Understandably, Keynes focused his economic writings upon the problem of
: in contrast to the confident nostrums of classical and neoclassical economics, he would insist henceforth upon the essential unpredictability of human affairs. To be sure, there were many lessons to be drawn from economic depression, fascist repression and wars of extermination. But more than anything else, as it seemed to Keynes, it was the newfound insecurity in which men and women were forced to live—uncertainty elevated to paroxysms of collective fear—which had corroded the confidence and institutions of liberalism.
What, then, should be done? Like so many others, Keynes was familiar with the attractions of centralized authority and top-down planning to compensate for the inadequacies of the market. Fascism and Communism shared an unabashed enthusiasm for deploying the state. Far from being a shortcoming in the popular eye, this was perhaps their strongest suit: when asked what they thought of Hitler long after his fall, foreigners would sometimes respond that he did at least put the Germans back to work. Whatever his failings, Stalin—it was often said—kept the Soviet Union clear of the Great Depression. And even the joke about Mussolini making Italian trains run on time had a certain edge: what’s wrong with that?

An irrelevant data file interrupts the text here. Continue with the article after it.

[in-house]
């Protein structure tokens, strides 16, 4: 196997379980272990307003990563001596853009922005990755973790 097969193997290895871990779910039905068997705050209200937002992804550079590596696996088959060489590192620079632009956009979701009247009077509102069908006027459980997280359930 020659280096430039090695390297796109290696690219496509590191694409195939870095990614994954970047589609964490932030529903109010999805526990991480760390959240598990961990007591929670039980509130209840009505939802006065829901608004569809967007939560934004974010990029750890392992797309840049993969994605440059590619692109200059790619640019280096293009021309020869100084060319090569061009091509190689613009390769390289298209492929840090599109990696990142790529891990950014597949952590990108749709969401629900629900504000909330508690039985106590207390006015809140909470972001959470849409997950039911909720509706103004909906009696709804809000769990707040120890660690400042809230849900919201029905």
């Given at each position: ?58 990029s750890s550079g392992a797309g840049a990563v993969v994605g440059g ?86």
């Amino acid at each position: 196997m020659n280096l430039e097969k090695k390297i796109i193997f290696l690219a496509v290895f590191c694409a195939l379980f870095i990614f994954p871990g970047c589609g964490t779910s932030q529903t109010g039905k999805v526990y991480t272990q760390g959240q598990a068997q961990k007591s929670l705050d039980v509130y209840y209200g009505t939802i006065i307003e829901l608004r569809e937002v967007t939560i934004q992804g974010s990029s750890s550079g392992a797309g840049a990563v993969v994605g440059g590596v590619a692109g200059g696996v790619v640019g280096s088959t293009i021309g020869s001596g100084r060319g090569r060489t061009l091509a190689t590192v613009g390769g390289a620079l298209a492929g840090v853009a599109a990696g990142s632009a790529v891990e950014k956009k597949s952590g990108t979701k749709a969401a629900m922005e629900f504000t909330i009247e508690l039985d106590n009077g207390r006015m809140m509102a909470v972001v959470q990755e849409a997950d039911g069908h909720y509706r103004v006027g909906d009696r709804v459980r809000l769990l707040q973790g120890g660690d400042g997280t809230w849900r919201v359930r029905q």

Any attempt to put democracies back on their feet—or to bring democracy and political freedom to countries which had never had them—would have to engage with the record of the authoritarian states. The alternative was to risk popular nostalgia for their achievements—real or imagined. Keynes knew perfectly well that fascist economic policy could never have succeeded in the long-run without war, occupation and exploitation. Nonetheless, he was sensitive not just to the need for countercyclical economic policies to head off future depression, but also to the prudential virtues of ‘the social security state’.
The point of such a state was not to revolutionize social relations, much less inaugurate a socialist era. Keynes, like most of the men responsible for the innovative legislation of those years—from Britain’s Clement Attlee through France’s Charles de Gaulle to Franklin Delano Roosevelt himself—was an instinctive conservative. Every western leader in those years—elderly gentlemen all—had been born into the stable world so familiar to Keynes. And all of them had lived through a traumatic upheaval. Like the hero of Giuseppe di Lampedusa’s